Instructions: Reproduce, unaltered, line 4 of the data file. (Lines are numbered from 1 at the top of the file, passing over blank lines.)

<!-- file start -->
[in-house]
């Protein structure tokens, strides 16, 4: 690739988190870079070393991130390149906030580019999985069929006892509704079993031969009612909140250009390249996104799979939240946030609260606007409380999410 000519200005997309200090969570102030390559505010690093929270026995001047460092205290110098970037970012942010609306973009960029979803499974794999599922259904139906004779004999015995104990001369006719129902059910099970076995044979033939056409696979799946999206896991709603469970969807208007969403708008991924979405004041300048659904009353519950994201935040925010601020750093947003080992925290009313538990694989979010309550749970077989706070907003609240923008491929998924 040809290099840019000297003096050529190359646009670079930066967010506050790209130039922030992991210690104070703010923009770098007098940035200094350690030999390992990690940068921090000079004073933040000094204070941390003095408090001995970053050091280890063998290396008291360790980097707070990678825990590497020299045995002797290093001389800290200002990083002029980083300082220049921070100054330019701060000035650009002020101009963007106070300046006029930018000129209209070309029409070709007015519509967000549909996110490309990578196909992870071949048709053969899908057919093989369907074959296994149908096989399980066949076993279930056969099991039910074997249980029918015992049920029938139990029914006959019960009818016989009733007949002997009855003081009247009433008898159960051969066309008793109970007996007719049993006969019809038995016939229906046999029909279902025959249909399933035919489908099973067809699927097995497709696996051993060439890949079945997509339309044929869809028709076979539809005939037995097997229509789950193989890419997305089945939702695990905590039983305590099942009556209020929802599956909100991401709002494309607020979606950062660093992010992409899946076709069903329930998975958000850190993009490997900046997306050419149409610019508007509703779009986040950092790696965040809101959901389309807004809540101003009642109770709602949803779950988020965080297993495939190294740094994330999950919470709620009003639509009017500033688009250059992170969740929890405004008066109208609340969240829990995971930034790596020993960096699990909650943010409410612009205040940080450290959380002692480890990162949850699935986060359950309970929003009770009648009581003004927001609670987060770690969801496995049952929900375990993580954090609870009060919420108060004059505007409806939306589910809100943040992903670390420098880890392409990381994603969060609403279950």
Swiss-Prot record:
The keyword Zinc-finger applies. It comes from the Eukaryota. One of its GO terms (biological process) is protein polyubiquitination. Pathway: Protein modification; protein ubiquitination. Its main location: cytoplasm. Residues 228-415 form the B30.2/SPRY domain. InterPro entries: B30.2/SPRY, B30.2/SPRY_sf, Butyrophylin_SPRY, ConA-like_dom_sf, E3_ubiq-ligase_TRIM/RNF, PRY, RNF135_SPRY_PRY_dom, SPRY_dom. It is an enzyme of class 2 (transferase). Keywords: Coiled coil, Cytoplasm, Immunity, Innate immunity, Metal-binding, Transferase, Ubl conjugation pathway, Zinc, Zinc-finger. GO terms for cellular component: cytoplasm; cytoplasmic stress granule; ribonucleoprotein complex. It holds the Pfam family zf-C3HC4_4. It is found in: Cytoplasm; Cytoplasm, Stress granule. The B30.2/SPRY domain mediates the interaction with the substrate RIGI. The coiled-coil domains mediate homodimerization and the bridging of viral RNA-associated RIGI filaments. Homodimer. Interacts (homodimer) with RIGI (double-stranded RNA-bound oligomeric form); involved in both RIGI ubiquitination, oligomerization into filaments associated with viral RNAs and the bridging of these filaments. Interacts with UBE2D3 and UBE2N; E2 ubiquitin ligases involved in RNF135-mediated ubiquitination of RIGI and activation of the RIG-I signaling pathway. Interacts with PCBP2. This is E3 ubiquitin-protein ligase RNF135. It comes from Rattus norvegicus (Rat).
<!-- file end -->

The keyword Zinc-finger applies. It comes from the Eukaryota. One of its GO terms (biological process) is protein polyubiquitination. Pathway: Protein modification; protein ubiquitination. Its main location: cytoplasm. Residues 228-415 form the B30.2/SPRY domain. InterPro entries: B30.2/SPRY, B30.2/SPRY_sf, Butyrophylin_SPRY, ConA-like_dom_sf, E3_ubiq-ligase_TRIM/RNF, PRY, RNF135_SPRY_PRY_dom, SPRY_dom. It is an enzyme of class 2 (transferase). Keywords: Coiled coil, Cytoplasm, Immunity, Innate immunity, Metal-binding, Transferase, Ubl conjugation pathway, Zinc, Zinc-finger. GO terms for cellular component: cytoplasm; cytoplasmic stress granule; ribonucleoprotein complex. It holds the Pfam family zf-C3HC4_4. It is found in: Cytoplasm; Cytoplasm, Stress granule. The B30.2/SPRY domain mediates the interaction with the substrate RIGI. The coiled-coil domains mediate homodimerization and the bridging of viral RNA-associated RIGI filaments. Homodimer. Interacts (homodimer) with RIGI (double-stranded RNA-bound oligomeric form); involved in both RIGI ubiquitination, oligomerization into filaments associated with viral RNAs and the bridging of these filaments. Interacts with UBE2D3 and UBE2N; E2 ubiquitin ligases involved in RNF135-mediated ubiquitination of RIGI and activation of the RIG-I signaling pathway. Interacts with PCBP2. This is E3 ubiquitin-protein ligase RNF135. It comes from Rattus norvegicus (Rat).